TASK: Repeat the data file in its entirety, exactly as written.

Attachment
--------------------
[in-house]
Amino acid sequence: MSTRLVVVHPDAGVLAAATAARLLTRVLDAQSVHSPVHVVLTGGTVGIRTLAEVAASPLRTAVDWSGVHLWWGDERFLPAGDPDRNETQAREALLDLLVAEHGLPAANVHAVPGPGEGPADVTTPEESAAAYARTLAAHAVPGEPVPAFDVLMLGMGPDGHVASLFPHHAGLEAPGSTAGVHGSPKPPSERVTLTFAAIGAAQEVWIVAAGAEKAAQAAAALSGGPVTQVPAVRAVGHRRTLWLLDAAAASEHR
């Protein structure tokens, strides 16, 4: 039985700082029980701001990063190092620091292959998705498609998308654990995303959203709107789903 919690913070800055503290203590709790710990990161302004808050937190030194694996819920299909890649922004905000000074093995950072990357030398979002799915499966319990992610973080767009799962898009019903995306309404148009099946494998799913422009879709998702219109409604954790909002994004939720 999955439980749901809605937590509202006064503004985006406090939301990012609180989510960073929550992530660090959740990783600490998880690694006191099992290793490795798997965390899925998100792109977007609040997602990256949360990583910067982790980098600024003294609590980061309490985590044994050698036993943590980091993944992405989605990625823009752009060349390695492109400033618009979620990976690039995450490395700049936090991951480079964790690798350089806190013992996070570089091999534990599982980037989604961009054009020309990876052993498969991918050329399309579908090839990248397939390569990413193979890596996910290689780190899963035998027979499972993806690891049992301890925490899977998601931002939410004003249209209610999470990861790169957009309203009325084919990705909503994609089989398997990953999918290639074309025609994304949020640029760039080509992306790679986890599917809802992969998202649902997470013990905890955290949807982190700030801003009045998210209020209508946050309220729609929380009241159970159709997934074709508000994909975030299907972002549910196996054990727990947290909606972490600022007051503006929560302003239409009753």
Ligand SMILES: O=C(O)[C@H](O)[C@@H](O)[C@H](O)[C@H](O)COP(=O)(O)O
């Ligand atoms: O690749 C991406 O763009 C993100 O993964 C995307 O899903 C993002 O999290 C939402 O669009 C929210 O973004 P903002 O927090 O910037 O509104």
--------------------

[in-house]
Amino acid sequence: MSTRLVVVHPDAGVLAAATAARLLTRVLDAQSVHSPVHVVLTGGTVGIRTLAEVAASPLRTAVDWSGVHLWWGDERFLPAGDPDRNETQAREALLDLLVAEHGLPAANVHAVPGPGEGPADVTTPEESAAAYARTLAAHAVPGEPVPAFDVLMLGMGPDGHVASLFPHHAGLEAPGSTAGVHGSPKPPSERVTLTFAAIGAAQEVWIVAAGAEKAAQAAAALSGGPVTQVPAVRAVGHRRTLWLLDAAAASEHR
């Protein structure tokens, strides 16, 4: 039985700082029980701001990063190092620091292959998705498609998308654990995303959203709107789903 919690913070800055503290203590709790710990990161302004808050937190030194694996819920299909890649922004905000000074093995950072990357030398979002799915499966319990992610973080767009799962898009019903995306309404148009099946494998799913422009879709998702219109409604954790909002994004939720 999955439980749901809605937590509202006064503004985006406090939301990012609180989510960073929550992530660090959740990783600490998880690694006191099992290793490795798997965390899925998100792109977007609040997602990256949360990583910067982790980098600024003294609590980061309490985590044994050698036993943590980091993944992405989605990625823009752009060349390695492109400033618009979620990976690039995450490395700049936090991951480079964790690798350089806190013992996070570089091999534990599982980037989604961009054009020309990876052993498969991918050329399309579908090839990248397939390569990413193979890596996910290689780190899963035998027979499972993806690891049992301890925490899977998601931002939410004003249209209610999470990861790169957009309203009325084919990705909503994609089989398997990953999918290639074309025609994304949020640029760039080509992306790679986890599917809802992969998202649902997470013990905890955290949807982190700030801003009045998210209020209508946050309220729609929380009241159970159709997934074709508000994909975030299907972002549910196996054990727990947290909606972490600022007051503006929560302003239409009753």
Ligand SMILES: O=C(O)[C@H](O)[C@@H](O)[C@H](O)[C@H](O)COP(=O)(O)O
């Ligand atoms: O690749 C991406 O763009 C993100 O993964 C995307 O899903 C993002 O999290 C939402 O669009 C929210 O973004 P903002 O927090 O910037 O509104």